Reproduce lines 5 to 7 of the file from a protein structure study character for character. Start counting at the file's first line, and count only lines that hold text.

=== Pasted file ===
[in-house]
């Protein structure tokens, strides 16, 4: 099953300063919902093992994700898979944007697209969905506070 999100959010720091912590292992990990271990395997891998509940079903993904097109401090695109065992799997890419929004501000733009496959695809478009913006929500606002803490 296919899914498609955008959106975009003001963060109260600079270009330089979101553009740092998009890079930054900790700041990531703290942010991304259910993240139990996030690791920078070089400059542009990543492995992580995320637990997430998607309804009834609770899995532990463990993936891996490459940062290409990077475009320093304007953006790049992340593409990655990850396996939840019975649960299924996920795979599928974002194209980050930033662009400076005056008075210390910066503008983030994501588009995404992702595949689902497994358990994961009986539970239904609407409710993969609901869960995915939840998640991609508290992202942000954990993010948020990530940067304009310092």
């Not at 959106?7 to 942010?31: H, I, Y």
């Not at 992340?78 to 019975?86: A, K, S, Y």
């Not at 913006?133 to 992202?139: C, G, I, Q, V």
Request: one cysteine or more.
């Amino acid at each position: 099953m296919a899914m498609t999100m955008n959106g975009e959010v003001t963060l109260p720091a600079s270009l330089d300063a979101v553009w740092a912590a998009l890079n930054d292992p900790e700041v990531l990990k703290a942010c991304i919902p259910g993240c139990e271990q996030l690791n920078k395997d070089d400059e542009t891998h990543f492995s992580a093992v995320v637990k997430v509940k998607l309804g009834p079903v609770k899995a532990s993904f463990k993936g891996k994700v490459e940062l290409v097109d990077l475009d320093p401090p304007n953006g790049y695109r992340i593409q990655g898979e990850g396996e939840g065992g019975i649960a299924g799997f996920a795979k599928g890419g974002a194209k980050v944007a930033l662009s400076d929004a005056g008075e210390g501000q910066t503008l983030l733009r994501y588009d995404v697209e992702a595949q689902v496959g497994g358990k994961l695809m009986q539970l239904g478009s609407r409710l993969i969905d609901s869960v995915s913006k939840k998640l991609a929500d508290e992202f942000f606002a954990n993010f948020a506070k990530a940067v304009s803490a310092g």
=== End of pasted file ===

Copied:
């Not at 913006?133 to 992202?139: C, G, I, Q, V």
Request: one cysteine or more.
């Amino acid at each position: 099953m296919a899914m498609t999100m955008n959106g975009e959010v003001t963060l109260p720091a600079s270009l330089d300063a979101v553009w740092a912590a998009l890079n930054d292992p900790e700041v990531l990990k703290a942010c991304i919902p259910g993240c139990e271990q996030l690791n920078k395997d070089d400059e542009t891998h990543f492995s992580a093992v995320v637990k997430v509940k998607l309804g009834p079903v609770k899995a532990s993904f463990k993936g891996k994700v490459e940062l290409v097109d990077l475009d320093p401090p304007n953006g790049y695109r992340i593409q990655g898979e990850g396996e939840g065992g019975i649960a299924g799997f996920a795979k599928g890419g974002a194209k980050v944007a930033l662009s400076d929004a005056g008075e210390g501000q910066t503008l983030l733009r994501y588009d995404v697209e992702a595949q689902v496959g497994g358990k994961l695809m009986q539970l239904g478009s609407r409710l993969i969905d609901s869960v995915s913006k939840k998640l991609a929500d508290e992202f942000f606002a954990n993010f948020a506070k990530a940067v304009s803490a310092g």